As the number of Italian restaurants and pizzerias in Taipei continues to grow, Le Rouge is one establishment to keep at the top of your list. Located close to an MRT station in Banciao (板橋), this low-to-mid priced bistro is worth the trip for the distinctive touch it puts on classic dishes.
A joint venture between French-Canadian expat Francis Beauvais and Crystal Lo (羅淑芬), Le Rouge started out as an Internet business: the two foodies sold homemade meatballs and calzone on Yahoo Taiwan’s auction Web site. Business was good, which encouraged them to expand to a full-fledged kitchen over a year ago.
Le Rouge mainly offers pizza, calzone and pasta, with around 20 varieties of each and plenty of choices for vegetarians. Beauvais, a Montreal native who grew up working in his family’s restaurant, says that everything except the pastas is “made from scratch” and all vegetables are handpicked daily at the market.
My dining companion and I ordered the couple’s set menu, which includes the choice of an appetizer, a salad, a pizza, a pasta and two non-alcoholic drinks (NT$949, not including the 10 percent service charge). The Greek salad (NT$150), dressed with a subtle lemon vinaigrette, was short on cucumber slices but came with a generous serving of feta cheese. Even more pleasing was the bruschetta (NT$120) — toasted slices of French bread with chopped tomato, onions, olive oil and freshly grated Parmesan.
There was a noticeable but acceptable wait between our appetizers and main courses, and we appreciated that our waiter came to tell us when our order was almost ready. The service was attentive and well-timed — the staff kept our water glasses full and cleared our plates only when it was apparent that we were finished.
If our main dishes represent the quality of the food at La Rouge, then anything on the menu will be highly fulfilling. The pasta di sole (NT$250) melted in the mouth with its rich tomato cream sauce; it came with sliced Italian sausage, chopped bits of sun-dried tomatoes and penne (spaghetti and fettuccine are two other pasta options). Served in a charming, oblong-shaped white bowl, the portion appeared a bit small, but the dish’s creaminess was satisfying.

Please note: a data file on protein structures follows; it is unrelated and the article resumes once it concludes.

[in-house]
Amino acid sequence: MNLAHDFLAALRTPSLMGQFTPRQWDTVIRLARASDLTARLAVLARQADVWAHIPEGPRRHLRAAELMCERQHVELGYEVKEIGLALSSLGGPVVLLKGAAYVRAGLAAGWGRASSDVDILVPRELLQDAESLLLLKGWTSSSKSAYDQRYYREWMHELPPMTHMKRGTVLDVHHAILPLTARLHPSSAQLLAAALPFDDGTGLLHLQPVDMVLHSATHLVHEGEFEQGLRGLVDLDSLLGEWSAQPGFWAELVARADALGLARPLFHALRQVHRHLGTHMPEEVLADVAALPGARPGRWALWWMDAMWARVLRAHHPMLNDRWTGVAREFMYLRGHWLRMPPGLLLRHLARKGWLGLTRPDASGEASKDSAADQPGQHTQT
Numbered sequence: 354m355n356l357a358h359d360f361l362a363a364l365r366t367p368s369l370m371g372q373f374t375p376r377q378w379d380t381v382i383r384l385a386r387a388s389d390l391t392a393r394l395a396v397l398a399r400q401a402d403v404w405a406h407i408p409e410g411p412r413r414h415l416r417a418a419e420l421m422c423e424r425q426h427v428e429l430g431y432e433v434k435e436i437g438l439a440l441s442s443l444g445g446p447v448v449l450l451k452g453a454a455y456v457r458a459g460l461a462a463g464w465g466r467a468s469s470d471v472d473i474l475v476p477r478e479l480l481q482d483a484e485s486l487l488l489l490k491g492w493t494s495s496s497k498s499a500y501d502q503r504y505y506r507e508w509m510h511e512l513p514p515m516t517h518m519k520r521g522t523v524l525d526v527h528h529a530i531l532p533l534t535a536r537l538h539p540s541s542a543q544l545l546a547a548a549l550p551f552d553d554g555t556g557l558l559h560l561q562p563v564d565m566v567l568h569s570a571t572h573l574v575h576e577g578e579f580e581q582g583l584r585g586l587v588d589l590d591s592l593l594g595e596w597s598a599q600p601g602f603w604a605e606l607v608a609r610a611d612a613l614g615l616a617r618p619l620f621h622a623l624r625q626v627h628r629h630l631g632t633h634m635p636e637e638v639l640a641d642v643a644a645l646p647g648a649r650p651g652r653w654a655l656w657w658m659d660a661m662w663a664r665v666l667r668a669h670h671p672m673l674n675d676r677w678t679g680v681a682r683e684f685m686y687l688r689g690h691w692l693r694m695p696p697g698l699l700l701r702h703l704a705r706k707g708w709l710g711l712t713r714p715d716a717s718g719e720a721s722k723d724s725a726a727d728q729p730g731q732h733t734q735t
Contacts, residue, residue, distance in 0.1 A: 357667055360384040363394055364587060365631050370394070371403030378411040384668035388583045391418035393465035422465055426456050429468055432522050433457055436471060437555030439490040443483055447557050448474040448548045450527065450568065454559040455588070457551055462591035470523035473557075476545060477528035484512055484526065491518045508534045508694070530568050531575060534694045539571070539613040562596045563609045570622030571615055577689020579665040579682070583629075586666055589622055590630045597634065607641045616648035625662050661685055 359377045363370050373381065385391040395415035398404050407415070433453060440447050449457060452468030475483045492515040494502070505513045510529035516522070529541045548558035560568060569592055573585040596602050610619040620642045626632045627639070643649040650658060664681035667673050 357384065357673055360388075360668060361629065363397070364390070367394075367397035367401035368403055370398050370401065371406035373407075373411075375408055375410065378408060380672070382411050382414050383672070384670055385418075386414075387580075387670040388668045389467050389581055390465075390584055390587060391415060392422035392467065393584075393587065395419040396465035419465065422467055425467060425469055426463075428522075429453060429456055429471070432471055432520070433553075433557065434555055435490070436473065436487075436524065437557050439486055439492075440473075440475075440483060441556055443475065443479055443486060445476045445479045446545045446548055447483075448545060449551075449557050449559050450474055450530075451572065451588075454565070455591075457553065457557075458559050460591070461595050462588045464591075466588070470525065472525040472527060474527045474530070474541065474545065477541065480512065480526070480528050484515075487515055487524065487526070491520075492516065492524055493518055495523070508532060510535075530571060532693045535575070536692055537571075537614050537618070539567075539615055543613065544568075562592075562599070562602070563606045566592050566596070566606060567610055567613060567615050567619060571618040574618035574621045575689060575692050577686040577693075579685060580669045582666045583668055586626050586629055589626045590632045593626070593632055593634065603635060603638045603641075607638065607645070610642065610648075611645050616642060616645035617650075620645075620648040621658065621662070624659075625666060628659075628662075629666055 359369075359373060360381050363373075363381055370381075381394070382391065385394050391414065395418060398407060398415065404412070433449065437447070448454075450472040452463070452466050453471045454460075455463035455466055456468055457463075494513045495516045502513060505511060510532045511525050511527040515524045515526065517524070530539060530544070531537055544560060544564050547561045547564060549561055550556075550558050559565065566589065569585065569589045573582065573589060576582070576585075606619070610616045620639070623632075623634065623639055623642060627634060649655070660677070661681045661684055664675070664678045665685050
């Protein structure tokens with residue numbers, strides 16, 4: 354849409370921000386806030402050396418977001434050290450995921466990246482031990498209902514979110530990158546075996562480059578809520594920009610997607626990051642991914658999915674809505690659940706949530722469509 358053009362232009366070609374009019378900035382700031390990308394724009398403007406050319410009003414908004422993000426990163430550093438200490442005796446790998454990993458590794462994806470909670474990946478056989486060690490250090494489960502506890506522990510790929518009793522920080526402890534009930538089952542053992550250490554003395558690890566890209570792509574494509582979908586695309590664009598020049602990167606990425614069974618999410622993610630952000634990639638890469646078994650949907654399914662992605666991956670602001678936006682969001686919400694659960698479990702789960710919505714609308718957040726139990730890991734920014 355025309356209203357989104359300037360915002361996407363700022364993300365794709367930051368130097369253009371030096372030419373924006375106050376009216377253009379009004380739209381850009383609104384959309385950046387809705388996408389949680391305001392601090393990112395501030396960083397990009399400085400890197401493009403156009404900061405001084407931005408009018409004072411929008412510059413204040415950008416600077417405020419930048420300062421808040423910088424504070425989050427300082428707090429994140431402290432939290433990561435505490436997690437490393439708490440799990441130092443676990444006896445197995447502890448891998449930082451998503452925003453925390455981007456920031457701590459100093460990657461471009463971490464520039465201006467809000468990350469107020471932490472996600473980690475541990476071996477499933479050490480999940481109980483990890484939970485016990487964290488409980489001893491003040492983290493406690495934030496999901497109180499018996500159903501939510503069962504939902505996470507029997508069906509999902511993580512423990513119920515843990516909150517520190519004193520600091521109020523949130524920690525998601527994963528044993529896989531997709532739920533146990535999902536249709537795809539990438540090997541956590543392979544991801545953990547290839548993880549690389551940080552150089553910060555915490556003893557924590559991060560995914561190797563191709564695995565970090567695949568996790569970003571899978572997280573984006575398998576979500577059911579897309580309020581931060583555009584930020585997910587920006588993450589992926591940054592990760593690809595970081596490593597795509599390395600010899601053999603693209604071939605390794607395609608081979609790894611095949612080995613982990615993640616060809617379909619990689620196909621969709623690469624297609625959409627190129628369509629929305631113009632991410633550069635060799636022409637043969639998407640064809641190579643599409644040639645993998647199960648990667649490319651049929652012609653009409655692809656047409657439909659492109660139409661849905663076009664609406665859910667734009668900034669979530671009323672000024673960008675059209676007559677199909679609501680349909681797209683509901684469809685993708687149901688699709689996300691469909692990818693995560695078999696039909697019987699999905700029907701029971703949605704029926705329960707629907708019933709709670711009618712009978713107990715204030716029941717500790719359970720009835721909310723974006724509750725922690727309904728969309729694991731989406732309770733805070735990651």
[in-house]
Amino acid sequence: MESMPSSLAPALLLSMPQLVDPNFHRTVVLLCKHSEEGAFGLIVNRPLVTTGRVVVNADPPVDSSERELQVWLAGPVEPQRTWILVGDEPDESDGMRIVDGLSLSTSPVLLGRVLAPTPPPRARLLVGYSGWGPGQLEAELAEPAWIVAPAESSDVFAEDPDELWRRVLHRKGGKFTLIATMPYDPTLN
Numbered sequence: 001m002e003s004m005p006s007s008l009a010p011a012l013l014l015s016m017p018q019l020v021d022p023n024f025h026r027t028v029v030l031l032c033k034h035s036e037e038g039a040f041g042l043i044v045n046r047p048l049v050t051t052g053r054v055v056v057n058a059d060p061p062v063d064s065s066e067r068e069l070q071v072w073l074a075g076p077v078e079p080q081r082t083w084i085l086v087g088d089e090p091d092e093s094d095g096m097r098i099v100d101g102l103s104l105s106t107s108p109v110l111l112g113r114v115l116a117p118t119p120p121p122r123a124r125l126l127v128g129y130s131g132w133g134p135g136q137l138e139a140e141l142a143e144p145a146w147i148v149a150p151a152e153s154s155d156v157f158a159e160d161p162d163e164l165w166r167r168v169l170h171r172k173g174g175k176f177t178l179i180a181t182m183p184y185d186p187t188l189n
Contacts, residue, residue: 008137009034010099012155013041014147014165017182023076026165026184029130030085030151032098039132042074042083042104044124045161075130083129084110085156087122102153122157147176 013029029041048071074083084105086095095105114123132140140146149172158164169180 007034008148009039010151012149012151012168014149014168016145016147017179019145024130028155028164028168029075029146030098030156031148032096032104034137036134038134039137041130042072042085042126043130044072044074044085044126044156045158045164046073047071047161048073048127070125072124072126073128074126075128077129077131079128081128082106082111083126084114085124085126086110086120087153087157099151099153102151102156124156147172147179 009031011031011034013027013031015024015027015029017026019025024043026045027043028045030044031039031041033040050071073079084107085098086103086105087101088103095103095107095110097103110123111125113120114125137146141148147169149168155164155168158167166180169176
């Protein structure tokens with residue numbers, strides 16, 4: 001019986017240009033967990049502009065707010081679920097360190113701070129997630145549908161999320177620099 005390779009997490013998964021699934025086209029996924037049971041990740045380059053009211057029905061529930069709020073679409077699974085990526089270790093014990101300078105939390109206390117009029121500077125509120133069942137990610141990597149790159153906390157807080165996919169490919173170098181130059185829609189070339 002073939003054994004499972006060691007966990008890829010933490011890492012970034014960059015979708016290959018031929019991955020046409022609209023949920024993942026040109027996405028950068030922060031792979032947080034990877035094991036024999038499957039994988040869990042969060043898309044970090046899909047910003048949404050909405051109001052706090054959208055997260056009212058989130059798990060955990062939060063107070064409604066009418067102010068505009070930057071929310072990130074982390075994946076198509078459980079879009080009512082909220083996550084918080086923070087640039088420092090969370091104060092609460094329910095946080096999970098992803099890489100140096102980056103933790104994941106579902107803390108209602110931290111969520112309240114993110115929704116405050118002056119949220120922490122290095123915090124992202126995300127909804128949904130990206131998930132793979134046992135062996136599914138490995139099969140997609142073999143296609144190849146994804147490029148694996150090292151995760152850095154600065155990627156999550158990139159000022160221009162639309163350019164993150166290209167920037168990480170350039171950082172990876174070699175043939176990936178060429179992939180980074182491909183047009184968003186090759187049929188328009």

Stone-oven baked pizzas are all the rage these days, but Beauvais does without them. Instead he spent a year perfecting his dough recipe, and the result is a tasty pizza crust that is thin yet substantial. Made of white flour, the crust hints at focaccia: it’s slightly doughy and seasoned with Italian herbs. The mouton noir pizza (NT$350), which has sun-dried tomatoes, goat cheese, mozzarella and black olives, was simple yet pleasingly rich.
Beauvais says the pair’s goal is “for everyone to feel at home” at the restaurant, and for the most part they succeed. The interior is painted in bright yellow and pastel reds, with oil paintings, children’s drawings and Thai movie posters hanging on the walls.
Diners can sit near the open kitchen and watch the waiters and cooks weave around each other at a mesmerizing pace, silently focused on their tasks. The restaurant has a second floor, which is furnished with large couches and easy chairs.
The only awkward aspect of the space is the noise — with the high ceiling, concrete walls and hard-tiled floors, sounds bounce around the room, which can make it difficult to have a quiet conversation. But the food is good enough to keep you from talking.
Le Rouge also serves breakfast on weekends until noon, with set meals of omelets, fresh fruit and homemade yogurt priced between NT$200 and NT$280.
Take the MRT’s Blue Line to Xinpu Station to get to Le Rouge. Leave the station via exit No. 1, and look out for the neighboring Dante Coffee shop. Beauvais and Lo recommend calling ahead for reservations.
Address: 1F, 419-6, Wenhua Rd Sec 1, Banciao City, Taipei County (板橋市文化路一段419-6號1樓)
Telephone: (02) 2255-2861
Open: Monday to Friday, 11:30am to 10:30pm; opens for breakfast at 9am on Saturdays and Sundays
Average meal: NT$250 to NT$500 per person
Details: Chinese and English menus; credit cards accepted; reservations recommended
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